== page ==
The FCC officially granted licenses to winners of the incentive auction of 600 MHz spectrum from broadcasters, and T-Mobile is wasting no time in putting its new airwaves to use.
The auction, which wrapped up in April, raised more than $19 billion from 50 bidders who won a total of nearly 2,800 licenses. The FCC issued a statement Thursday confirming the winning bids, saying it had received full payments for the licenses.
Sprint opted out of the auction from the start, and Verizon surprised many industry insiders by walking away empty-handed, while AT&T spent less than $1 billion for the low-band airwaves. T-Mobile was the top bidder, agreeing to pony up nearly $8 billion, and the operator said Thursday it will begin testing its new airwaves in the coming weeks.
“Despite the cries from skeptics, T-Mobile has already kicked off deployment activities and will see the first sites ready for testing this summer,” the carrier said in a press release. “This timeline—well ahead of expectations—sets the stage for commercial operations later this year. That’s when new 600 MHz smartphones from Samsung and other manufacturers are anticipated to arrive.”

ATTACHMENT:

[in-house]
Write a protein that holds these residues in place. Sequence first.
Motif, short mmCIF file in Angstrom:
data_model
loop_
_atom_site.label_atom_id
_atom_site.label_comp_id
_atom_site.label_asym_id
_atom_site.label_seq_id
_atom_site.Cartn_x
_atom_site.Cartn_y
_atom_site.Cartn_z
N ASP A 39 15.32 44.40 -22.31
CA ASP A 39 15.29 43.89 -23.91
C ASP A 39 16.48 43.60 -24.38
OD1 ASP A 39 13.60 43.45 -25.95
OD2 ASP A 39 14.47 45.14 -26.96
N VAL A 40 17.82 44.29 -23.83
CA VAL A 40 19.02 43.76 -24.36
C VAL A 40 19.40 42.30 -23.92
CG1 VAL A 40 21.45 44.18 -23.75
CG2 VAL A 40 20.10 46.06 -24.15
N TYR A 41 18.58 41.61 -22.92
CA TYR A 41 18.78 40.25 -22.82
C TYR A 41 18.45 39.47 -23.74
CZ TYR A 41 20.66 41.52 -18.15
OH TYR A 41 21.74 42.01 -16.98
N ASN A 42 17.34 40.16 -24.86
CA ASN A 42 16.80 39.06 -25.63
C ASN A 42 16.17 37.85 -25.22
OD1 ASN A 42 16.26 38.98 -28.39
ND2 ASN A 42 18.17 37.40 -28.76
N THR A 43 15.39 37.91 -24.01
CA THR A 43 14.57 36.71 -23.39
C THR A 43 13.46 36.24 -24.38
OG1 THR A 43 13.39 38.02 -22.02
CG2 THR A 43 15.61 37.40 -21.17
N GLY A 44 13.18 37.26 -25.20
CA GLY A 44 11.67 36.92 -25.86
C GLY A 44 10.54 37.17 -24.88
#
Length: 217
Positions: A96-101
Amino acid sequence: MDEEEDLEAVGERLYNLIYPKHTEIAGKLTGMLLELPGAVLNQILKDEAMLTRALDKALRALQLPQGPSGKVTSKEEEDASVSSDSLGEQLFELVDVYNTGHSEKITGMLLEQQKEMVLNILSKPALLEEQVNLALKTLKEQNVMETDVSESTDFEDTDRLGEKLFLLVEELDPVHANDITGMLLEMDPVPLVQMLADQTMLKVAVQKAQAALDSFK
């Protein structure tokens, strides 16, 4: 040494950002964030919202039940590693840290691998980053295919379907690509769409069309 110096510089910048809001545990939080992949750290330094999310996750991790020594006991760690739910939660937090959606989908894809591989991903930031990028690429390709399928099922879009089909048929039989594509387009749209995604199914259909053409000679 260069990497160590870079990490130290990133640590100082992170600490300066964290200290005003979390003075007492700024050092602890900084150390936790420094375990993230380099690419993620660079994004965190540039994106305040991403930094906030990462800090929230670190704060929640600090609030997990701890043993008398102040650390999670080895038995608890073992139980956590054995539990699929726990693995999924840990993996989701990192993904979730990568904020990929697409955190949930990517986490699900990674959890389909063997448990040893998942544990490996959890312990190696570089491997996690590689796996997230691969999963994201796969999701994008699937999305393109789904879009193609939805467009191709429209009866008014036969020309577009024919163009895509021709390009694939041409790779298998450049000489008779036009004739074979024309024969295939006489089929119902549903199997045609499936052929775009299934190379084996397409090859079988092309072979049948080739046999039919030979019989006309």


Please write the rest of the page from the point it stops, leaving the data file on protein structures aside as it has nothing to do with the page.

The auction enabled T-Mobile to quadruple its holdings of low-band spectrum, according to the carrier. It expects more than 1 million square miles of 600 MHz spectrum to be “clear and ready for deployment by year end.”
While T-Mobile is investing heavily in low-band spectrum, both of its larger rivals are aggressively pursuing higher-band airwaves that don’t propagate as well but offer increased capacity. Sprint, meanwhile, is gradually deploying services on its significant portfolio of 2.5 GHz spectrum.
The FCC is maintaining a 39-month repacking plan for the 600 MHz airwaves recently sold at auction to give TV broadcasters time to move off that spectrum onto other channels. But T-Mobile is moving to leverage its new spectrum as quickly as possible, enabling it to deploy services in suburban and rural markets where it previously hasn’t had much of a presence.
And that should be a boon for the tower sector, according to Jennifer Fritzsche of Wells Fargo Securities.
“Given many thought this spectrum was unusable for four-plus years, any ‘live’ market in 2017 is ahead of the original expected timeline in our view,” Fritzsche wrote in a note to investors. “We view this as an important and continuing catalyst for the tower sector…. While T-Mobile is using many smaller private tower companies to build new towers, we would expect this broadcast spectrum deployment to also touch its current towers (which Crown Castle now owns) in the form of amendments. Given the low-band nature of this spectrum, this equipment is not small.”